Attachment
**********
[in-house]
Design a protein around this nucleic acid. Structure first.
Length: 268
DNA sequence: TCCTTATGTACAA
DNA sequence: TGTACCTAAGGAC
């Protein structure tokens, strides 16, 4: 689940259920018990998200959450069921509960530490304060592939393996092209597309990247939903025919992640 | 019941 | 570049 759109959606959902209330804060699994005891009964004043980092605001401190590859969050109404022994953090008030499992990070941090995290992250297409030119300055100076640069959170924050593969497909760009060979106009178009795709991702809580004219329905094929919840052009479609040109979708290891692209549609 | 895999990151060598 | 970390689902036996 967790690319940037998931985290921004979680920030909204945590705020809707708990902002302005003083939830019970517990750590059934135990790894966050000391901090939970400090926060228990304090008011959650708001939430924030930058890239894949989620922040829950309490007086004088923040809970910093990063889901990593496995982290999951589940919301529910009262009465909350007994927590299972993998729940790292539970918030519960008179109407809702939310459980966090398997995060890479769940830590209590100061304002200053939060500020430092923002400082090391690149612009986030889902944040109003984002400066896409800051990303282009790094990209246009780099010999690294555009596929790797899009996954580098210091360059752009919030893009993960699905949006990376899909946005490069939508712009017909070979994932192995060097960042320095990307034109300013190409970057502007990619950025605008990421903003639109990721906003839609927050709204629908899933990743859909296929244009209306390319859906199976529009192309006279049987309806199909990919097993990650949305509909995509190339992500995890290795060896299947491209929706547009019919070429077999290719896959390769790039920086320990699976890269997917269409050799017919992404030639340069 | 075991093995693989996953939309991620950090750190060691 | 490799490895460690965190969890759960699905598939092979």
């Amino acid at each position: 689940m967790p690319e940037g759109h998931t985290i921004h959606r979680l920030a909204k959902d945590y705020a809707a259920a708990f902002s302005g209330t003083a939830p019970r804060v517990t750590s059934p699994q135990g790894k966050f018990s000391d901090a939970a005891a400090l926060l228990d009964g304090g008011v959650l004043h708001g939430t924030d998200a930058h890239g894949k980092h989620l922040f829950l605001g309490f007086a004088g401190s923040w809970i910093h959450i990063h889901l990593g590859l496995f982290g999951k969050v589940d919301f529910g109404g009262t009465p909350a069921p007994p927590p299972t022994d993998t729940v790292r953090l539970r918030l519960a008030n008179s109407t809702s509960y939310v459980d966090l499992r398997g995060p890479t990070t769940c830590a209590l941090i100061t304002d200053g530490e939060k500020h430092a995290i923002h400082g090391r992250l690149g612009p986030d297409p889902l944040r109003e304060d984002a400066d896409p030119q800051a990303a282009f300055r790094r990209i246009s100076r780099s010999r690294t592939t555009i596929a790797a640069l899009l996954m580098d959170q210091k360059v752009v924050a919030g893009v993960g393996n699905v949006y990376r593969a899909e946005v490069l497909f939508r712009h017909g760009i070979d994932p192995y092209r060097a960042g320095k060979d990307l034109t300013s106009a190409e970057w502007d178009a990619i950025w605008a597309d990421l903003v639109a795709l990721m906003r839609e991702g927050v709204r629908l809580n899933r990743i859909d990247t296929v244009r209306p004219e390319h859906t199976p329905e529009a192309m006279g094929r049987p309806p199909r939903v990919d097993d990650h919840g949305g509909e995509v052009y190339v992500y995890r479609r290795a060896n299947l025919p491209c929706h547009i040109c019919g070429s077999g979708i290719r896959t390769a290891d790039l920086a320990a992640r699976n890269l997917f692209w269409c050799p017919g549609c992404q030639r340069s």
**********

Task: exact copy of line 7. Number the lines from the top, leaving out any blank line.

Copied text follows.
């Amino acid at each position: 689940m967790p690319e940037g759109h998931t985290i921004h959606r979680l920030a909204k959902d945590y705020a809707a259920a708990f902002s302005g209330t003083a939830p019970r804060v517990t750590s059934p699994q135990g790894k966050f018990s000391d901090a939970a005891a400090l926060l228990d009964g304090g008011v959650l004043h708001g939430t924030d998200a930058h890239g894949k980092h989620l922040f829950l605001g309490f007086a004088g401190s923040w809970i910093h959450i990063h889901l990593g590859l496995f982290g999951k969050v589940d919301f529910g109404g009262t009465p909350a069921p007994p927590p299972t022994d993998t729940v790292r953090l539970r918030l519960a008030n008179s109407t809702s509960y939310v459980d966090l499992r398997g995060p890479t990070t769940c830590a209590l941090i100061t304002d200053g530490e939060k500020h430092a995290i923002h400082g090391r992250l690149g612009p986030d297409p889902l944040r109003e304060d984002a400066d896409p030119q800051a990303a282009f300055r790094r990209i246009s100076r780099s010999r690294t592939t555009i596929a790797a640069l899009l996954m580098d959170q210091k360059v752009v924050a919030g893009v993960g393996n699905v949006y990376r593969a899909e946005v490069l497909f939508r712009h017909g760009i070979d994932p192995y092209r060097a960042g320095k060979d990307l034109t300013s106009a190409e970057w502007d178009a990619i950025w605008a597309d990421l903003v639109a795709l990721m906003r839609e991702g927050v709204r629908l809580n899933r990743i859909d990247t296929v244009r209306p004219e390319h859906t199976p329905e529009a192309m006279g094929r049987p309806p199909r939903v990919d097993d990650h919840g949305g509909e995509v052009y190339v992500y995890r479609r290795a060896n299947l025919p491209c929706h547009i040109c019919g070429s077999g979708i290719r896959t390769a290891d790039l920086a320990a992640r699976n890269l997917f692209w269409c050799p017919g549609c992404q030639r340069s």